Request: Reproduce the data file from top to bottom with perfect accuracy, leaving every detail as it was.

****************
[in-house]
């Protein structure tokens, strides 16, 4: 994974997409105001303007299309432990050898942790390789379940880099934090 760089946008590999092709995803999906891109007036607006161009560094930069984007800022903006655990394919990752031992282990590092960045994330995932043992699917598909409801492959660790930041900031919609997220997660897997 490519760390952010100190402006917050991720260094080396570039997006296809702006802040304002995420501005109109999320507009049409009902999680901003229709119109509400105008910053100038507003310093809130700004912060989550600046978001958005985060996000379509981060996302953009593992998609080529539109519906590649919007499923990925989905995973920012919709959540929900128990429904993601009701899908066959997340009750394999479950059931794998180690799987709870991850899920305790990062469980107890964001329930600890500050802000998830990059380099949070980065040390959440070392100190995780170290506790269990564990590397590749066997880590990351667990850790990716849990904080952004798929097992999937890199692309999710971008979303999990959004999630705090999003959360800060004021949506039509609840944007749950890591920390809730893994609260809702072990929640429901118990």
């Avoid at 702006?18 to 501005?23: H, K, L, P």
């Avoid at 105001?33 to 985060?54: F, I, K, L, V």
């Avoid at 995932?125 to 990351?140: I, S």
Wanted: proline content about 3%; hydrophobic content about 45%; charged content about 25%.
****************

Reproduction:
[in-house]
């Protein structure tokens, strides 16, 4: 994974997409105001303007299309432990050898942790390789379940880099934090 760089946008590999092709995803999906891109007036607006161009560094930069984007800022903006655990394919990752031992282990590092960045994330995932043992699917598909409801492959660790930041900031919609997220997660897997 490519760390952010100190402006917050991720260094080396570039997006296809702006802040304002995420501005109109999320507009049409009902999680901003229709119109509400105008910053100038507003310093809130700004912060989550600046978001958005985060996000379509981060996302953009593992998609080529539109519906590649919007499923990925989905995973920012919709959540929900128990429904993601009701899908066959997340009750394999479950059931794998180690799987709870991850899920305790990062469980107890964001329930600890500050802000998830990059380099949070980065040390959440070392100190995780170290506790269990564990590397590749066997880590990351667990850790990716849990904080952004798929097992999937890199692309999710971008979303999990959004999630705090999003959360800060004021949506039509609840944007749950890591920390809730893994609260809702072990929640429901118990």
């Avoid at 702006?18 to 501005?23: H, K, L, P």
């Avoid at 105001?33 to 985060?54: F, I, K, L, V």
């Avoid at 995932?125 to 990351?140: I, S």
Wanted: proline content about 3%; hydrophobic content about 45%; charged content about 25%.